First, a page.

- Wet-tumbled/polished, once fired .357 SIG pistol brass sourced mainly from indoor ranges
- May include a variety of manufacturers and headstamps
- Spent primers will still be intact in the cases and must be removed before beginning the reloading process
- Extra brass cases will be included to make up for any stray calibers, unusable pieces or other cosmetic defects that may slip through our screening process
- A common point of failure for .357 SIG brass is to have small cracks in the case where the bottleneck (taper) meets the wall, and you should always double check your brass for signs of this sort of fatigue.
- It's typical to find some nested calibers (e.g., .40S&W or 10mm brass) mixed in due to the similarity in size and appearance when processing large quantities of brass. The total amount of .357 SIG brass should still be equal to or greater than the amount you ordered due to our inclusion of extra brass by weight.
- We ship orders within one to two business days of receiving your order on our end. Orders are shipped using USPS Priority Mail which includes free shipment tracking.
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.357 Sig (sometimes referred to as 9x22mm, or simply .357) is a bottlenecked rimless centerfire pistol cartridge. .357 Sig was developed in 1994 by the Swiss-German manufacturer SIG Sauer. Although Sig is mostly credited in the development of this cartridge, it was in cooperation with the ammunition company Federal Premium. The .357 Sig was designed with law enforcement usage in mind, and was successfully picked up by a number of agencies. The “357” in .357 Sig was chosen to highlight the cartridges main purpose: to duplicate the performance of of a 125-grain Magnum load. The reasoning behind this was to take what is typically a revolver load and apply it to a higher capacity, semiautomatic pistol platform. The bottlenecked design that the .357 Sig utilizes is common in rifle cartridges, but hasn’t been applied to commercial pistol cartridges since the early 1960s. The bottleneck design seems to be a success because reports of feeding issues is almost non-existent.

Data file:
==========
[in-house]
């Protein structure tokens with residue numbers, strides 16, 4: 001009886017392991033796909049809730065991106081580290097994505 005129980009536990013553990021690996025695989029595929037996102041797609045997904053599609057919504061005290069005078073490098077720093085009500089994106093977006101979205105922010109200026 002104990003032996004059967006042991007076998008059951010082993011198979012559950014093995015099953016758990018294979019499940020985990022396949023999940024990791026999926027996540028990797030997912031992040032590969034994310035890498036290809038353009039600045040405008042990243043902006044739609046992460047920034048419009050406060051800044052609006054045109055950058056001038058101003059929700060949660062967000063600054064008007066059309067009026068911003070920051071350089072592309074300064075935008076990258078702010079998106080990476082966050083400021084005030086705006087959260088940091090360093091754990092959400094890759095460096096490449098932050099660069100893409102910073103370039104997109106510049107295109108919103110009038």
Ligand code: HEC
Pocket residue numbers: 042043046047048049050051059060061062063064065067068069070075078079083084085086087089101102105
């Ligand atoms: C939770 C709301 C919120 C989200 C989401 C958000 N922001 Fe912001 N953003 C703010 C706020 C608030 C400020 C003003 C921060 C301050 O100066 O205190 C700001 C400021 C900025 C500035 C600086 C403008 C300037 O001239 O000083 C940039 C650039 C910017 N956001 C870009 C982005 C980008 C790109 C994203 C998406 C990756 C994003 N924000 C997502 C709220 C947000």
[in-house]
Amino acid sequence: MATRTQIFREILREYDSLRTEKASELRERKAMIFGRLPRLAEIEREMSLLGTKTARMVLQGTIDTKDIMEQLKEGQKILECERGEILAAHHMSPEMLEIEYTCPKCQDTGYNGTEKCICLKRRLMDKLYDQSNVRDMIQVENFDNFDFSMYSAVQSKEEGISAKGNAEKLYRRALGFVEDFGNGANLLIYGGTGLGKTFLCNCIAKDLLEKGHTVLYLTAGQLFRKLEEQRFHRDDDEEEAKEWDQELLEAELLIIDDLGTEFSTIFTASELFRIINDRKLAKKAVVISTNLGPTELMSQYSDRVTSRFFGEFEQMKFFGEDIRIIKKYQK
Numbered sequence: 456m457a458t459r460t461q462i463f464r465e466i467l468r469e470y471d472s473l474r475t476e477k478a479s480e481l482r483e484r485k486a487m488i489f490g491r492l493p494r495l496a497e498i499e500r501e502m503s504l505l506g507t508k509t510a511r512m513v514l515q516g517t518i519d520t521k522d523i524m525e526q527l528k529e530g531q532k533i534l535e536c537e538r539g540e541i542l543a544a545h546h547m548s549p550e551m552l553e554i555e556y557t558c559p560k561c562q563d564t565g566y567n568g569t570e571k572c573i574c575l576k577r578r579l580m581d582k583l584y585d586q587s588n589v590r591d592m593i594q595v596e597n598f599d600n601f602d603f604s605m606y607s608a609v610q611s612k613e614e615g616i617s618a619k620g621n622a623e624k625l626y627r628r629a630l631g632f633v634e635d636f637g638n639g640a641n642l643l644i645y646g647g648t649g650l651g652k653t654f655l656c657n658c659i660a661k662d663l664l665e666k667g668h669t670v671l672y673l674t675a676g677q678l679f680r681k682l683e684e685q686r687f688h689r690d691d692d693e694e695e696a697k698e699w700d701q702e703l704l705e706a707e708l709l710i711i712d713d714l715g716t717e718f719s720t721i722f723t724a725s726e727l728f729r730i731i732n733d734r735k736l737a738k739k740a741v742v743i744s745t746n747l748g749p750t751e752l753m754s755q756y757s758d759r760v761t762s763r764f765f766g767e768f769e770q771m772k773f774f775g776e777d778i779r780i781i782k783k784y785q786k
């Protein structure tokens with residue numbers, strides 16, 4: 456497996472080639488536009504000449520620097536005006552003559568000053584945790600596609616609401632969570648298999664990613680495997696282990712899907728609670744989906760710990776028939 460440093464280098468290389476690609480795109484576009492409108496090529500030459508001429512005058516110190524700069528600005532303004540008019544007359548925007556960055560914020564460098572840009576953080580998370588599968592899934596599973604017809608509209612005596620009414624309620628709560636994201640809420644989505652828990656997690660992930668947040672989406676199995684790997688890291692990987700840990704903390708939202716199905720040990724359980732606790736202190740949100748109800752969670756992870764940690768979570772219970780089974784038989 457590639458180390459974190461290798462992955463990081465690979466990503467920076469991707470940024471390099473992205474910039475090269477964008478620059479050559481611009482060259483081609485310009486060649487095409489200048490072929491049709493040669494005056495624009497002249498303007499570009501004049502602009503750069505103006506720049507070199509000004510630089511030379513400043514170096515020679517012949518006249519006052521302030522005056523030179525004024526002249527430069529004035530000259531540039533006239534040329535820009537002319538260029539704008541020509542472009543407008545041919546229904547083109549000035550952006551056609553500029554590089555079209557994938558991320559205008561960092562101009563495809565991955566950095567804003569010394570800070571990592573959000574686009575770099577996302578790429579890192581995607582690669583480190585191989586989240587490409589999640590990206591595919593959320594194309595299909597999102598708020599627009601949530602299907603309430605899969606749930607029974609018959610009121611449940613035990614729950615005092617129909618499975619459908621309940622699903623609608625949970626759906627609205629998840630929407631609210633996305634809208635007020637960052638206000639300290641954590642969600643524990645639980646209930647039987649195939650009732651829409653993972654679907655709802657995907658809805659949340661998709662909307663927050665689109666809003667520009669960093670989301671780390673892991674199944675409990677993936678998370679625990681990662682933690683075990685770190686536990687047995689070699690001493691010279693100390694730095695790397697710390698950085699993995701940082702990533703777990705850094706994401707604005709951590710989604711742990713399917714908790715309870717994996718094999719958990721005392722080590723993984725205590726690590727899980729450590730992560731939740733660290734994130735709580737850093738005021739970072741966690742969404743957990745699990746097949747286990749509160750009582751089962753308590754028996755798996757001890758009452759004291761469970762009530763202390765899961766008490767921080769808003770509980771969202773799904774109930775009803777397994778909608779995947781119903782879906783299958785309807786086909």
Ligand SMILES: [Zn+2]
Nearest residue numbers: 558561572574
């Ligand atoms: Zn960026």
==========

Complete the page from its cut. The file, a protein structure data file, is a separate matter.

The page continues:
.357 Sig has a cartridge capacity of 19.5 grains (1.27ml), and according to the C.I.P. rulings can handle up 44,236 psi (305 MPa). The SAAMI pressure limit for the .357 Sig is set at 40,000 psi (275.80 MPa). Depending on where you source your information, there are many contradictions published regarding .357 Sig headspacing. The confusion comes from the original design of the .357 Sig (9.02mm), which was almost instantly scrapped and replaced with a .355 (9mm) projectile. Bullet weights in commercial loads of the .357 Sig vary from 115 to 150 grains. These commercial loads of .357 Sig offer energies from 488 fpf(662 J)- 583 fpf(790 J) and have penetration depths from 9 inches up to 16.5 inches. Because the high velocity created by the .357 Sig cartridge, it has an unusually flat trajectory which extends the effective range. The “Accurate Powder” reloading manual states “without a doubt (.357 Sig) is the most ballistically consistent handgun cartridge we have ever worked with.” Supporters of the hydrostatic shock theory claim that the energy produced in the .357 Sig is more than capable of reaching these results. Although .357 Sig is not as common as other pistol calibers, there is still typically a decent amount of once fired brass available on the market.